What do Coaches actually do?

Des O'Connell
04th May 2017



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What do Coaches actually do?

MC Faculty member Des O'Connell offers an insight into what goes on in a coaching session.

1.  “Is it OK if I talk about this?”

It’s common for clients to come prepared with a sensible coaching topic: 

Coach: So what would you like to work on today?

Client: I’ve been given a new project by my boss and I’m struggling with how to approach it… where to begin.  I’d like to explore that.

But what happens if the coach probes a little?

Coach: OK, what else?

Client: Well, I’ve been asked by a senior director whether I’d consider moving to his division to work with him, which is quite interesting.  And I haven’t given much thought yet to how I feel about that.

Coach: OK, so there’s the new project for your boss; and there’s a job offer from another part of the organisation.  What else?

Client: [Client thinks quietly for several moments. Speaks tentatively]…Well…I’ve been putting in some unforgiving hours these past few months…getting home later and later...working weekends. Little time for my family. There’s the whole “Do I really want to be doing this?” thing …Balance of life…all that.

Coach:  Out of those three, which is the most interesting for you?

What’s so interesting is that the client will frequently choose the last topic, the one that wasn’t initially volunteered, but emerged with probing.  That’s the one they’re most keen to work on.

 

2.  Becoming more resourceful – “Do I know? I don’t know. Well, actually, I do know”

Asked a specific question the client may say: “I don’t’ know”.  Weirdly, an approach that frequently works is to ask:  “But if you did know, what would your answer be?”  Often the client will respond:  “Well I could….” and then list alternatives for action.  One client I coached for a sales presentation said (in desperation): “I’m sorry, I’m now completely confused.  My mind’s a blank.  I have no idea what I’m supposed to be saying.  I have no structure in my head…what this presentation should look like.”  I asked: “OK, but if you had a structure in your head, what would it look like?”  The client replied (without a moment’s pause): “There’d be an Introduction, Key points, something about The Team, and then The Benefits of using our firm.”  And she was happy to work with that structure!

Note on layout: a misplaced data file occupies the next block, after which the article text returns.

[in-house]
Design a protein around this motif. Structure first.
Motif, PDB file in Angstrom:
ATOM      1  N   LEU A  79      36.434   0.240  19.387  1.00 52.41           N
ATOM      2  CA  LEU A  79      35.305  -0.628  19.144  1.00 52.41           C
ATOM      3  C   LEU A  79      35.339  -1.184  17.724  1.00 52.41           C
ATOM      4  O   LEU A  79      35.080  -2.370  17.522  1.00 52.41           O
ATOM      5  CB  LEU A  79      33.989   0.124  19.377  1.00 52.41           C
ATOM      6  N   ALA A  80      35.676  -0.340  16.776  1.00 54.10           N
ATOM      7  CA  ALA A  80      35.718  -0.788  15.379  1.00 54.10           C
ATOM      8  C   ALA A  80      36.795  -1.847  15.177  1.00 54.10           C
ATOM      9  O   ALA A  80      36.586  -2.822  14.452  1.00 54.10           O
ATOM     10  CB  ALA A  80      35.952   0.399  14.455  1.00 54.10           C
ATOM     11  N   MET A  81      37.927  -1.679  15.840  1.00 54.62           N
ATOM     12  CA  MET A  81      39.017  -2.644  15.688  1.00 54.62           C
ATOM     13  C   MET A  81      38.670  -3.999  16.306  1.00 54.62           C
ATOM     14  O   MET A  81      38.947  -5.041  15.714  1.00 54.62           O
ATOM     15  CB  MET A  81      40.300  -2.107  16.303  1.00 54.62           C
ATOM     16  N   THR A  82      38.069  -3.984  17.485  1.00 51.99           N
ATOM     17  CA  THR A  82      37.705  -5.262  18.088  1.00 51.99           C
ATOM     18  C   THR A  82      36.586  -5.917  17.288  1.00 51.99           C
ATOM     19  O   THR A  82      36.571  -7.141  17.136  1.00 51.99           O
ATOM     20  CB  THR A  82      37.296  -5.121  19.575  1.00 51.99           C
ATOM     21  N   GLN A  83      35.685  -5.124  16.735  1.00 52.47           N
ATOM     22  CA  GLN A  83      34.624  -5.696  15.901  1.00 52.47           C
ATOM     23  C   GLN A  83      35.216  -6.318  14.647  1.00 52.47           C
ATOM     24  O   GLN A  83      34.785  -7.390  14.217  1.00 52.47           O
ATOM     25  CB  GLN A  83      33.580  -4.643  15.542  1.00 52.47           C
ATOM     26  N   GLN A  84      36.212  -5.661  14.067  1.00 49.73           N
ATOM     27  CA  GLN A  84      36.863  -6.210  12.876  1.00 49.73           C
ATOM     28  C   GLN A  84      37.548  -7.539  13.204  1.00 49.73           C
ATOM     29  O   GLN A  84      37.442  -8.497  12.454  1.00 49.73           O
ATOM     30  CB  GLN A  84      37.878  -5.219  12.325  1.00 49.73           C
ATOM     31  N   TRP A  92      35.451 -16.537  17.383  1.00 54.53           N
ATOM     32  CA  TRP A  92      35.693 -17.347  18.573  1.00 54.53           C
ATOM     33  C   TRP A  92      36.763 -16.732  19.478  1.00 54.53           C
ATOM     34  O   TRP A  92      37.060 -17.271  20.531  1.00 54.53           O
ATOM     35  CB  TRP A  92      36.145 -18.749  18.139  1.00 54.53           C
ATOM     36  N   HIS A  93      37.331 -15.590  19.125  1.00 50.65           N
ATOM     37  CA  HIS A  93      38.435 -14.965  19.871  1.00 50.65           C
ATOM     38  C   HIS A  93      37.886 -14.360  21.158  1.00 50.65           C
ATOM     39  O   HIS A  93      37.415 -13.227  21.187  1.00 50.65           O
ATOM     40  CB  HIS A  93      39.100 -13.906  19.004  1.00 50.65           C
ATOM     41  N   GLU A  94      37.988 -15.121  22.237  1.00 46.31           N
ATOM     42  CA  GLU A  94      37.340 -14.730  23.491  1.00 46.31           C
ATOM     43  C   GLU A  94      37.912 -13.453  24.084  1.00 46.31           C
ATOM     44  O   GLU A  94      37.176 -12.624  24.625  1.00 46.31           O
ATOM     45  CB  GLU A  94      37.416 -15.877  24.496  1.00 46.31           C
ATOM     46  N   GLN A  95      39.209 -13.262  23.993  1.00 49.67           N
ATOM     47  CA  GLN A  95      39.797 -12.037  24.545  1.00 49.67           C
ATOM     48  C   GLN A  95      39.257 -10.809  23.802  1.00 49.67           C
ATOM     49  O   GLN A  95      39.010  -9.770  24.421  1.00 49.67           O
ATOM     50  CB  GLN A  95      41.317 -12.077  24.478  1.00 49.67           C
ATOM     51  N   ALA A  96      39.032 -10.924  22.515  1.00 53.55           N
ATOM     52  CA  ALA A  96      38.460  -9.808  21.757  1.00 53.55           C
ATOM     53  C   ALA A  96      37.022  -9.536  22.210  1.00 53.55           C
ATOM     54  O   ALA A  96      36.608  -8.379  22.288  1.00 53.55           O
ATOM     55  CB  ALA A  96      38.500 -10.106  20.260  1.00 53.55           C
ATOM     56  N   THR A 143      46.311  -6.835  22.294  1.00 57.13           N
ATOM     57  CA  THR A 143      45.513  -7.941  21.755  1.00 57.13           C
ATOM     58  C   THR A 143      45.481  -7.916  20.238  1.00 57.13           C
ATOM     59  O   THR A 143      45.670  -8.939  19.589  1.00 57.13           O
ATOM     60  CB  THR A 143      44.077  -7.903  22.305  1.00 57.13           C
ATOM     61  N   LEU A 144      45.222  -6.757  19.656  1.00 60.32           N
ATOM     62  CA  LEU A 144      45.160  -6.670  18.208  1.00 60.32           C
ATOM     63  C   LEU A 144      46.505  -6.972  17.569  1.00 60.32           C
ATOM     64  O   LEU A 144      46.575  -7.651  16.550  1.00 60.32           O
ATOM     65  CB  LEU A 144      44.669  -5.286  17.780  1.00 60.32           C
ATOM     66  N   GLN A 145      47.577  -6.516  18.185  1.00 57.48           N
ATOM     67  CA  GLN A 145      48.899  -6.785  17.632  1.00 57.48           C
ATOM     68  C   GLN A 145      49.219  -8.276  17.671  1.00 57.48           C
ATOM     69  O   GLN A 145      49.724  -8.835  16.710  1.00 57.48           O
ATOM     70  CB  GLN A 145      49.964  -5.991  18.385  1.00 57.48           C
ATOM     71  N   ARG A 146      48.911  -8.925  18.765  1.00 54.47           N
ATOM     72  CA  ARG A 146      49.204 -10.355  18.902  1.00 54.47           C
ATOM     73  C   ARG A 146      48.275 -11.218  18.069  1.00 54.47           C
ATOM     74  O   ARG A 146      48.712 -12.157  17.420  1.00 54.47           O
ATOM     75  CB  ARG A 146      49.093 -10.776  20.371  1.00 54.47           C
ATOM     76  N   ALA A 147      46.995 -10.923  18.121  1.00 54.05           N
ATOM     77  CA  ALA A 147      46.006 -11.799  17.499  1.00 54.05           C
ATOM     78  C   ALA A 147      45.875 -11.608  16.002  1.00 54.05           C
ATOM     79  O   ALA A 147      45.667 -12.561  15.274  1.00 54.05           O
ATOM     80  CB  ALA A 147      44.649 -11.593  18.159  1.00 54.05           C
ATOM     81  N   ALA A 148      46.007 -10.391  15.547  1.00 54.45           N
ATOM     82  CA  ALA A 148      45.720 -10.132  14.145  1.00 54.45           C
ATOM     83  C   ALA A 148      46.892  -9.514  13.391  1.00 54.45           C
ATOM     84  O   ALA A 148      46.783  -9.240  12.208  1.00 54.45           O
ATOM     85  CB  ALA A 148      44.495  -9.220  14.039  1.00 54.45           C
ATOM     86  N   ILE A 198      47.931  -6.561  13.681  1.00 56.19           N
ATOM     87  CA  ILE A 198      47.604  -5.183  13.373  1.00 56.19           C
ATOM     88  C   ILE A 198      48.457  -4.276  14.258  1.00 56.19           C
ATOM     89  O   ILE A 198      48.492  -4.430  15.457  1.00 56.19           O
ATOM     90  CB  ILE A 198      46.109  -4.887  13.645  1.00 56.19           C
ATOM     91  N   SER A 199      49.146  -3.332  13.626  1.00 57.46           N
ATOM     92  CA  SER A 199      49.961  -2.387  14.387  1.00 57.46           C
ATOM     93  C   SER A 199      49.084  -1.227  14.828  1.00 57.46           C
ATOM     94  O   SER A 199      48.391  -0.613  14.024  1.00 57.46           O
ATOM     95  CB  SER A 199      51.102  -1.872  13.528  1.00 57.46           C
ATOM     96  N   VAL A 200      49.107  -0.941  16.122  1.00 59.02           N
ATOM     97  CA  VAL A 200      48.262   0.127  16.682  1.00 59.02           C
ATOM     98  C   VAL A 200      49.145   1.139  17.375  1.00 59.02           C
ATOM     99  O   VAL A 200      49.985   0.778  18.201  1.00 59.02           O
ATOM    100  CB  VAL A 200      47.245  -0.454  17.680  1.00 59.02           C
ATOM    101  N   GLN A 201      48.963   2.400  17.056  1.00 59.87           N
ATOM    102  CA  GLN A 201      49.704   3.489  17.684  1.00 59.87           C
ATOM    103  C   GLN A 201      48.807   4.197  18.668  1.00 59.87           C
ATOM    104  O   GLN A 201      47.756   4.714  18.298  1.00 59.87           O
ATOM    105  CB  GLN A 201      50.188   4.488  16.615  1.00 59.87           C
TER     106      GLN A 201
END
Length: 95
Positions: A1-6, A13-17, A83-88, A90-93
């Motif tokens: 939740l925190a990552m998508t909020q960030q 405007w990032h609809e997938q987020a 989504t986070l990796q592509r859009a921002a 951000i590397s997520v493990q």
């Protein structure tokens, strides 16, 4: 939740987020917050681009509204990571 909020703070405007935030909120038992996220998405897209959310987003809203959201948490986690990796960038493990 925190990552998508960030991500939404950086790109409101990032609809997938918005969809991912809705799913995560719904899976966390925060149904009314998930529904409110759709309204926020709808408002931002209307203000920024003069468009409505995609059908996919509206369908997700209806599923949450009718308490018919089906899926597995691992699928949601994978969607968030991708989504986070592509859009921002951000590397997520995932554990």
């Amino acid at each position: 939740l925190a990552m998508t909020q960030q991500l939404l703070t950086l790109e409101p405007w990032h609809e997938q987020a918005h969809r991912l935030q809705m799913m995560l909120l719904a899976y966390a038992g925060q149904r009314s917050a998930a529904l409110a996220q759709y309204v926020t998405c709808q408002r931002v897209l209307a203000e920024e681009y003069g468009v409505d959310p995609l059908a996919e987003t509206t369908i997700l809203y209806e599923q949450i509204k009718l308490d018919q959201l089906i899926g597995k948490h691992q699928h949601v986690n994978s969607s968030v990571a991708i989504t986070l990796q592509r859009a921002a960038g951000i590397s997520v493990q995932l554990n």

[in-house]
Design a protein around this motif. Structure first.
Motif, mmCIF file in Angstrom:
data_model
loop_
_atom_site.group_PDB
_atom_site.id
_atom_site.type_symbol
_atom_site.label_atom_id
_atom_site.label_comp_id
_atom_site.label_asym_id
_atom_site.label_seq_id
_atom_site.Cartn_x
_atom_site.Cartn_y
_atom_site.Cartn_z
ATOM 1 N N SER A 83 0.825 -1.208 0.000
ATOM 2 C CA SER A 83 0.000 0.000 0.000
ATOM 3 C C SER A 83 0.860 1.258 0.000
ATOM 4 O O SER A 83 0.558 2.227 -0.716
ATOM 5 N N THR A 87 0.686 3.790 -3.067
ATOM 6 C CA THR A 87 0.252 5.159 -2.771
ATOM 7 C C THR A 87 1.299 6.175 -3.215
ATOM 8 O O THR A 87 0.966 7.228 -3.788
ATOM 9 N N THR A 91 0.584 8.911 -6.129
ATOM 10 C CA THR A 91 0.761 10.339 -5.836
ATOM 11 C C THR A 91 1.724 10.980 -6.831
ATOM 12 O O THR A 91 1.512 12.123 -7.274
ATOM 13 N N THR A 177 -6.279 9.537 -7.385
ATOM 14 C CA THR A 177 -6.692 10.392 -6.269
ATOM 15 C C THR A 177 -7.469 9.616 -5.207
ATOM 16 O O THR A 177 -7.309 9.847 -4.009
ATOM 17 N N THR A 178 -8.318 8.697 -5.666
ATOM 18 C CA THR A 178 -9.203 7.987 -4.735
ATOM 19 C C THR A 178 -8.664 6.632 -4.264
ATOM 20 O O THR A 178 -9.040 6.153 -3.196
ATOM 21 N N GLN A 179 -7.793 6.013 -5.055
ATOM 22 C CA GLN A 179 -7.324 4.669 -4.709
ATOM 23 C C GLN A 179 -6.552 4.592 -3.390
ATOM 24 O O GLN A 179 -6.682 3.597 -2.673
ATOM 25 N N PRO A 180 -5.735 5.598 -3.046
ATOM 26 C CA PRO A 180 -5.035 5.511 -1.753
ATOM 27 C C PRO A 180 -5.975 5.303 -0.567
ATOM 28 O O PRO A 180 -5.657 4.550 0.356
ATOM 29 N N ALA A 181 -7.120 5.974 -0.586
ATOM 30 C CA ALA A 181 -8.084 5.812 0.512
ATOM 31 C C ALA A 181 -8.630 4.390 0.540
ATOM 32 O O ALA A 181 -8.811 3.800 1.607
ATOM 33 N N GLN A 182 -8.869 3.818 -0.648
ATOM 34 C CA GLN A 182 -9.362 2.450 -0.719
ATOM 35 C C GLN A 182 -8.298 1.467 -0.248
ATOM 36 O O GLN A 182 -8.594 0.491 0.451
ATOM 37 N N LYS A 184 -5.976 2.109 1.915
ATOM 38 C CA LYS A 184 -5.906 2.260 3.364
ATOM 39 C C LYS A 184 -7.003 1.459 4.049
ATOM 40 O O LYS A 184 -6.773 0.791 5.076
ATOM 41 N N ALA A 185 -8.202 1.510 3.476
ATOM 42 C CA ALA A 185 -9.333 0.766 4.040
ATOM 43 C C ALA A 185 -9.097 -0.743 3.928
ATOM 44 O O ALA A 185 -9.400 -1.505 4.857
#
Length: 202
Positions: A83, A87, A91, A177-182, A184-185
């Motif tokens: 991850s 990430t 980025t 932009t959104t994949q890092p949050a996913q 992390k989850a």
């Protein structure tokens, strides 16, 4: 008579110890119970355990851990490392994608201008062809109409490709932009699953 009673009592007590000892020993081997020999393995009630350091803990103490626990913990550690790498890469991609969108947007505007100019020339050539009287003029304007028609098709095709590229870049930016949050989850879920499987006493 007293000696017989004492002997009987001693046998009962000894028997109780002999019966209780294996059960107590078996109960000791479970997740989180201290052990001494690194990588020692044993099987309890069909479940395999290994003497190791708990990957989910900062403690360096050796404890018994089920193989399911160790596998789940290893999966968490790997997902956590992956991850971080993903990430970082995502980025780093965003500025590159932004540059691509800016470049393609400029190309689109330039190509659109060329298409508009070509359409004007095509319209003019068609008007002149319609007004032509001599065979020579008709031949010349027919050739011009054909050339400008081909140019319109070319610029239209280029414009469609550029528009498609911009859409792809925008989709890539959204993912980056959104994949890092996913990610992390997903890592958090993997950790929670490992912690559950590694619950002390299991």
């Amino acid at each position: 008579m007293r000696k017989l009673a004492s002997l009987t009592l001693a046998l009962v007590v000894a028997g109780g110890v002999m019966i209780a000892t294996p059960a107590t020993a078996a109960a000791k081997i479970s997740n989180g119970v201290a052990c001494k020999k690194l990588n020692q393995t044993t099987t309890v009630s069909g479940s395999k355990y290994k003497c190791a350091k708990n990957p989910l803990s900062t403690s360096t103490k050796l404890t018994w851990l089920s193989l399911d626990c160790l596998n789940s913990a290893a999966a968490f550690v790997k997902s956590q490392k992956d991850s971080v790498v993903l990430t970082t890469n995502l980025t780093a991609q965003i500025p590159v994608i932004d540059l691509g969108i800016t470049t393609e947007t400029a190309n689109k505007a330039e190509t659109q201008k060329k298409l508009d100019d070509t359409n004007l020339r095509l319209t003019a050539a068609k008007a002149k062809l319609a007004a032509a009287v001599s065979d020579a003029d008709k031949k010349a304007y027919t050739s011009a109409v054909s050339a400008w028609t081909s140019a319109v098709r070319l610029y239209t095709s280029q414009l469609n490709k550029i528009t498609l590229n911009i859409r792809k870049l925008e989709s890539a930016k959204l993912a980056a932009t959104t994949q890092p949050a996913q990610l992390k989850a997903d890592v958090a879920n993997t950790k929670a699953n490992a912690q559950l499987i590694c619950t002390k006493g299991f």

This technique can be varied to suit different situations.  Here are some other real examples:

To a client unable to come up with an imaginative list of marketing ideas (because, she said,: “I’m not creative”):

Coach: Who in your office is creative?

Client: Jane.  She’s full of ideas.

Coach: OK, if Jane were here, what would she suggest?

Client: Oh, she’d probably suggest hiring a hot air balloon, putting our name on it, floating it above the town…etc, etc.

 

To a gifted teacher so overwhelmed by her administrative workload she was considering leaving the profession:

Coach: So what conclusions do you draw?

Client: [With a deep sigh] I don’t know.

Coach: What would a friend who cares about you suggest?

Client: Oh, she’d say…[and out came a series of personal insights and action steps that could reduce her admin burden and get her back into the classroom].

In each case the clients found a way to draw upon resources and insights they couldn’t initially see, didn’t think they possessed. 

 

3.  The light-bulb moments – when it all becomes clear

Always interesting for me is the impact that insight has for clients.  Telling someone something – passing on your  wisdom -  may be met with courtesy (or, occasionally, with a pained look).  But you can usually tell your suggestion won’t be followed.  It’s your idea, not theirs.  But when the client sees something for himself it’s quite different.  A light goes on.  He may become quiet and reflective.  Or smile. What was previously difficult now seems straightforward.  And you know he’s going to act on it. With insight comes clarity; and with clarity, the impetus to take action.  It’s one of those moments coaches love.

What does all this suggest?

Often the answer we seek is lurking just out of sight.  Good coaching can bring it within sight. Bring insight. It gives us permission to explore the issues our mind really wants to work on – often that third thing on the list, the one circling around vaguely at the back of the mind.  It can jolt us from unproductive patterns of thinking. Sometimes it’s like it catches us unawares, surprising us with our own capability. When we’re stuck it gets us unstuck. And reveals new pathways that get us moving again.


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